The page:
Profit First for Amazon Sellers

Profit first for Amazon
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Implementing Profit First (not just reading it) in our business has made the biggest difference in cash flow.  Profit First for Amazon sellers is so important because your business is so unique. We audited where our expenses went in 2019 and where our profit came from. As expected, we were forced to trim expenses that weren’t contributing to profit in our business (including firing five people).  We then focused back on where our profits came from.  In this article, I will be walking you through this system that absolutely changed our lives.

What is Profit First?

 Simply put, most businesses are run by taking Income – Expenses = Profit.  Taking profit first is just what it sounds like.  We switch the formula and instead say Income – Profit = Expense.  You set the profit margin you want to achieve and then make it happen. You spend based on the cash you have left over.  

As entrepreneurs, we are always hoping that the next course, tool, software, etc. will take us to the next level and we will be able to afford it due to our growth or due to the next big client.  Stop that mindset, and only spend what you have in the back that day. 

This also requires you to stop growing for growth sake and stop comparing to everyone else.  Your business will naturally grow to where it should be but you will be profiting and stressing less the whole time.  As stated in the book Profit First by Mike Michalowicz,  “Revenue is vanity, profit is sanity, and cash is king.”

To achieve profit first and figure out where the money needs to go, we need to first see where the money is going now and then trim the expenses that aren’t directly associated with profit. Like stated above, we had to let go of five team members, we cut Facebook ads by $20,000 per month, and also eliminated almost $3,000 per month in software fees.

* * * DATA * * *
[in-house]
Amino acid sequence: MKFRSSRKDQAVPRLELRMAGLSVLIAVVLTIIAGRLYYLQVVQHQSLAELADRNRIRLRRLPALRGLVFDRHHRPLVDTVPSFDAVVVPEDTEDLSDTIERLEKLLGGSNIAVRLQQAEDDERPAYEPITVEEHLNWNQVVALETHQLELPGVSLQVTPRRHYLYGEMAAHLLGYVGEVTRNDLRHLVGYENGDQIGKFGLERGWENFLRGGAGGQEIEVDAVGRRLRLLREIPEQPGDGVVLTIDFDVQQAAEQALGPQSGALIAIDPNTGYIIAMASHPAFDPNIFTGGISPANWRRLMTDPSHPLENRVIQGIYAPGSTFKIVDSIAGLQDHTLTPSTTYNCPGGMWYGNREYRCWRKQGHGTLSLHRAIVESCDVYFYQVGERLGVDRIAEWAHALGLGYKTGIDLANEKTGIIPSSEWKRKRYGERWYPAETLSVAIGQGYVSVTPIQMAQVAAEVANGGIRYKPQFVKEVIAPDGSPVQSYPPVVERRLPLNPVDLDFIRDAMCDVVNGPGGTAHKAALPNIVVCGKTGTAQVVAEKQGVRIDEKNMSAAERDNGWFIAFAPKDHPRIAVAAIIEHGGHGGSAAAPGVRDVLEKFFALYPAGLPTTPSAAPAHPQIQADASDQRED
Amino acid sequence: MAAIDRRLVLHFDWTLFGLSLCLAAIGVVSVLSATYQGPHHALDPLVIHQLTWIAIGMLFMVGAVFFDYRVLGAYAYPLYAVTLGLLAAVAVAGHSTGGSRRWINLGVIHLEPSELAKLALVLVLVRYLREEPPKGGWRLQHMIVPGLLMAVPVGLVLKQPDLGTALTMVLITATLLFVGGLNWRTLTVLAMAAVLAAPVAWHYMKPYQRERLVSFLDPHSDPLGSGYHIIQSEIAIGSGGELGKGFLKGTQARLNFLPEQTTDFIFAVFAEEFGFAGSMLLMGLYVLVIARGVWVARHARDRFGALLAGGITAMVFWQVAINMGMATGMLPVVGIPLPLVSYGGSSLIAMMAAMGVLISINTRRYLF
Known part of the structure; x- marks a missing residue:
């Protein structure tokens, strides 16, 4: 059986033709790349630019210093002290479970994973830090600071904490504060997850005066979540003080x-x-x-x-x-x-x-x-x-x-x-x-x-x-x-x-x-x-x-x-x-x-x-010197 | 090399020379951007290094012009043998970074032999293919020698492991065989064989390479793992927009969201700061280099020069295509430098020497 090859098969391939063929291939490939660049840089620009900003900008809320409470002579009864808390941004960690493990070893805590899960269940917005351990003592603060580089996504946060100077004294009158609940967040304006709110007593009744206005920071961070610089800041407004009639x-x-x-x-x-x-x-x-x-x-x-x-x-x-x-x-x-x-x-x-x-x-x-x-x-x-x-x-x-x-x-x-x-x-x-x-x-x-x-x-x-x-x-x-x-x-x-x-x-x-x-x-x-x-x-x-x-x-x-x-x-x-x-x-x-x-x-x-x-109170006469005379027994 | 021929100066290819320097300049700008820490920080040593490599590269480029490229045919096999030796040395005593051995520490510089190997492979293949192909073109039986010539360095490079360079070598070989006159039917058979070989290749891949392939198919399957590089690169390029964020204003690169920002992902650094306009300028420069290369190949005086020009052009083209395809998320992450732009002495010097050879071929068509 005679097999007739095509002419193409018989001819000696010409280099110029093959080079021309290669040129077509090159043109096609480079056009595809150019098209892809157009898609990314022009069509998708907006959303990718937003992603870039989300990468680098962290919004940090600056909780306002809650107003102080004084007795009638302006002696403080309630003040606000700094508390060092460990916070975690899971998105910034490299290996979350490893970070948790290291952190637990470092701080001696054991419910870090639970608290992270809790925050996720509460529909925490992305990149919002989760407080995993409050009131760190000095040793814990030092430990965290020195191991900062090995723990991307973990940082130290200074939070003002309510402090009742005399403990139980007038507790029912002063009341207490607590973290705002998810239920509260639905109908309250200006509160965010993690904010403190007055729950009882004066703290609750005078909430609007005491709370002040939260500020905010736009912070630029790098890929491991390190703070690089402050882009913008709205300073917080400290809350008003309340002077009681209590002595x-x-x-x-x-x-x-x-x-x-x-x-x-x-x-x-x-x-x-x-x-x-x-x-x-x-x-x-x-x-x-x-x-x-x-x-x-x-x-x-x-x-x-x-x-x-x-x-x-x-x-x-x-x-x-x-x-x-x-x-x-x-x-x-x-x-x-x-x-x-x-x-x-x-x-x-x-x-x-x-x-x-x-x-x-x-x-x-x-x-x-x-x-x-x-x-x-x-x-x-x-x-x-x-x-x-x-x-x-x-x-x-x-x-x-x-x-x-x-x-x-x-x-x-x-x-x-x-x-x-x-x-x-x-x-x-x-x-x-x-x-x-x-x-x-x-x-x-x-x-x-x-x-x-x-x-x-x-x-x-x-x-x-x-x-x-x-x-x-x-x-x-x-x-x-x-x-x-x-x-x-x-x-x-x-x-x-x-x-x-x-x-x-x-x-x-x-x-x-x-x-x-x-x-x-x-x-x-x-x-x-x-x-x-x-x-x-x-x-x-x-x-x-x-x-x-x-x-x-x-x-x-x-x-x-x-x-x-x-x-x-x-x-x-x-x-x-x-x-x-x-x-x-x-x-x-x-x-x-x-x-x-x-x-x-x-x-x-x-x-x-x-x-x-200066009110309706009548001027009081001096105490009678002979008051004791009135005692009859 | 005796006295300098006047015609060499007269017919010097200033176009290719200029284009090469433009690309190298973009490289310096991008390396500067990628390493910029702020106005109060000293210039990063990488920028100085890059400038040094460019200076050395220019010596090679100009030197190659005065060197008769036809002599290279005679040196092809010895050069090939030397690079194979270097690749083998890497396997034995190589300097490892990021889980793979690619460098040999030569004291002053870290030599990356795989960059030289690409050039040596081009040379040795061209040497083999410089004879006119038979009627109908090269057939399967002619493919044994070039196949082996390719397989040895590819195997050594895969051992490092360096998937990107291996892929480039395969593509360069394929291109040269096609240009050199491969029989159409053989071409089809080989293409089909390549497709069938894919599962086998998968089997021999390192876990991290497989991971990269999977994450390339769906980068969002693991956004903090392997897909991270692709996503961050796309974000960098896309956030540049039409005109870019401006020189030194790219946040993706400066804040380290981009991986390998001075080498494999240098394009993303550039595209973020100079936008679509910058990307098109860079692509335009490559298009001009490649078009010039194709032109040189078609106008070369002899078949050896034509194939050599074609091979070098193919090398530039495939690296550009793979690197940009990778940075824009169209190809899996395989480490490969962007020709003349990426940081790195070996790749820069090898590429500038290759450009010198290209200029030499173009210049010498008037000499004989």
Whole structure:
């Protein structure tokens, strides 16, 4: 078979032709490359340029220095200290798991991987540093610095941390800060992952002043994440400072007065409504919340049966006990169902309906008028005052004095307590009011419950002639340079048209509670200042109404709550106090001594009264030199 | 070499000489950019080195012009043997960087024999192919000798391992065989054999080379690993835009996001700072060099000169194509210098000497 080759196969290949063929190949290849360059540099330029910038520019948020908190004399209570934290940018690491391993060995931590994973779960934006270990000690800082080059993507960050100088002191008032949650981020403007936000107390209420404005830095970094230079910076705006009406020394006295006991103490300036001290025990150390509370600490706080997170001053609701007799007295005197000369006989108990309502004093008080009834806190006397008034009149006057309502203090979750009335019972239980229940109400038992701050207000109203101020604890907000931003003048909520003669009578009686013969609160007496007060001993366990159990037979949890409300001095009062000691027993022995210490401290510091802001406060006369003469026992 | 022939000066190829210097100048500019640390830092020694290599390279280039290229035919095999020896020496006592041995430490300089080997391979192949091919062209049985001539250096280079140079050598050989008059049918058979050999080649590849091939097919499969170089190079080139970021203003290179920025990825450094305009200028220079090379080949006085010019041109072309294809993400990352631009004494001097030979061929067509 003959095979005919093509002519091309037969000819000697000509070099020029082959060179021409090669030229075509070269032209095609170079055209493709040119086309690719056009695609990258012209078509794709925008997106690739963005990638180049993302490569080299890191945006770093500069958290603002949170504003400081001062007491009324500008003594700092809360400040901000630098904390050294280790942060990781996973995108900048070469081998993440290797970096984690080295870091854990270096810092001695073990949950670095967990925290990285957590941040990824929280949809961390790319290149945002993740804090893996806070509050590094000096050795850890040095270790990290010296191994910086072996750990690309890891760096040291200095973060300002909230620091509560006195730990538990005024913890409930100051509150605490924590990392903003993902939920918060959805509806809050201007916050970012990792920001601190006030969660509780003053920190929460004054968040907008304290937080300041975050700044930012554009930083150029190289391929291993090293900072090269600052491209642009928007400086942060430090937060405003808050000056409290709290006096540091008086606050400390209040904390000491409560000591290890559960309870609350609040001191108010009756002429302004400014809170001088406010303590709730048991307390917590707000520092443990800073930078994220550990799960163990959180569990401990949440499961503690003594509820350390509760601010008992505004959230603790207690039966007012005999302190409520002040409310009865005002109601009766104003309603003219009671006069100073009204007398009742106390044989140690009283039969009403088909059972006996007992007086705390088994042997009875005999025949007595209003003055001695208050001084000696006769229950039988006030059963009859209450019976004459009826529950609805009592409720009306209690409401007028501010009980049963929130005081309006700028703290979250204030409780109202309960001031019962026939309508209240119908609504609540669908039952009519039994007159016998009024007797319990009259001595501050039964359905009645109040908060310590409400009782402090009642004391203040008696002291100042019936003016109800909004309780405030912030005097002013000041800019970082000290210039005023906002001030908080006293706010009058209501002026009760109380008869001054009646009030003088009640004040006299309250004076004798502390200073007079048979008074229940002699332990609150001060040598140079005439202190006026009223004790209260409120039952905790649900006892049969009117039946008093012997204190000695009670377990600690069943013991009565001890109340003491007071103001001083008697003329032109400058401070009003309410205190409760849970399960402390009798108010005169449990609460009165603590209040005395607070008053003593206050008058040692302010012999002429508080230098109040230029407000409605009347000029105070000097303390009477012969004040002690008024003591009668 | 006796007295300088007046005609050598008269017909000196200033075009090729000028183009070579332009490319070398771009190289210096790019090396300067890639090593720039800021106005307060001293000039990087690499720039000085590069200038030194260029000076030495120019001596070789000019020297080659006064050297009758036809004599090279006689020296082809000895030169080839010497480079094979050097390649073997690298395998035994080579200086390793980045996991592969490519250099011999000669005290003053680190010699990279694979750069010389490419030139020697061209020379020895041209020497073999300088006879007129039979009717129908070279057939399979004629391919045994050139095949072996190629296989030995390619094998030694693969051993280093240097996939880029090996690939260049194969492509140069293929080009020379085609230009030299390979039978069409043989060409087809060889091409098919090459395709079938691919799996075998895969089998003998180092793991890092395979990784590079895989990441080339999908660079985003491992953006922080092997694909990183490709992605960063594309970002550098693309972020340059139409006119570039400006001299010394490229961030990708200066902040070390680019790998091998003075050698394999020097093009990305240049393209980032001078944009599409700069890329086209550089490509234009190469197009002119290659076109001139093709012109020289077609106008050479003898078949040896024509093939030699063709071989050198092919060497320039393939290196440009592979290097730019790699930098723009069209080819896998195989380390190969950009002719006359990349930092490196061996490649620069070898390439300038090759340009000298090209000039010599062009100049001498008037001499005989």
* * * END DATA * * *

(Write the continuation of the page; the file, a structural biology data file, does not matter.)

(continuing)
To find out where to trim the fat, we need to start out with a Profit First business assessment.    

Profit First Business Assessment

The business assessment is pretty simple.  This is how you see where your money is going and where you can find expenses to get rid of that are directly leading to more profit.  What I want you to do is get all your expenses from the year before.  You can get these from your credit card statements or using a software like Quicken or Mint (I use Mint).  

Here are example categories and the most prevalent ones you will have in your business.  Our business falls into all these categories and the bolded lines are the bank account names (more on this later). 

  • Profit
  • Owner’s Compensation
  • Taxes
    • State Tax
    • Federal Tax
    • Sales Tax
  • Operating Expenses
    • Staff Payment
    • Independent Contractors 
    • Software Purchases
    • Advertising 
      • Facebook Ads
      • Amazon Ads
      • Google Ads
    • Accounting
    • Legal
    • Advisory Fees (masterminds, coaches, etc.)
    • Education
    • Photography
  • Cost of Goods Sold (Inventory Bank Account)
    • Inventory Purchases
    • Shipping
  • Charity

Once you categorize every single expense, put like categories together.  Put all the software categories together; staff payment, owner’s payment, inventory payments, shipping payments, etc together.

Let’s look at profit first (see what I did there).  When you look at your profit and loss statement from the previous year, just look at how much profit you reported and that is your starting point.  

Next is owner’s compensation.  How much did you pay yourself last year (taxes NOT included). 

Taxes is the third category.  Add up how much you paid in federal, state, and sales tax for the previous year. 

Cost of Goods is your inventory purchases plus your shipping to get your inventory to your warehouse (NOT shipping to your customer). 

Finally the biggest one is Operating Expenses, or OPEX, This is where you can put everything like software categories, website expenses, professional fees like accounting and legal, advertising, masterminds, photography, copywriting, team/staff payments, independent contractors, etc… This is most likely where you will find the most savings in your business to cut expenses.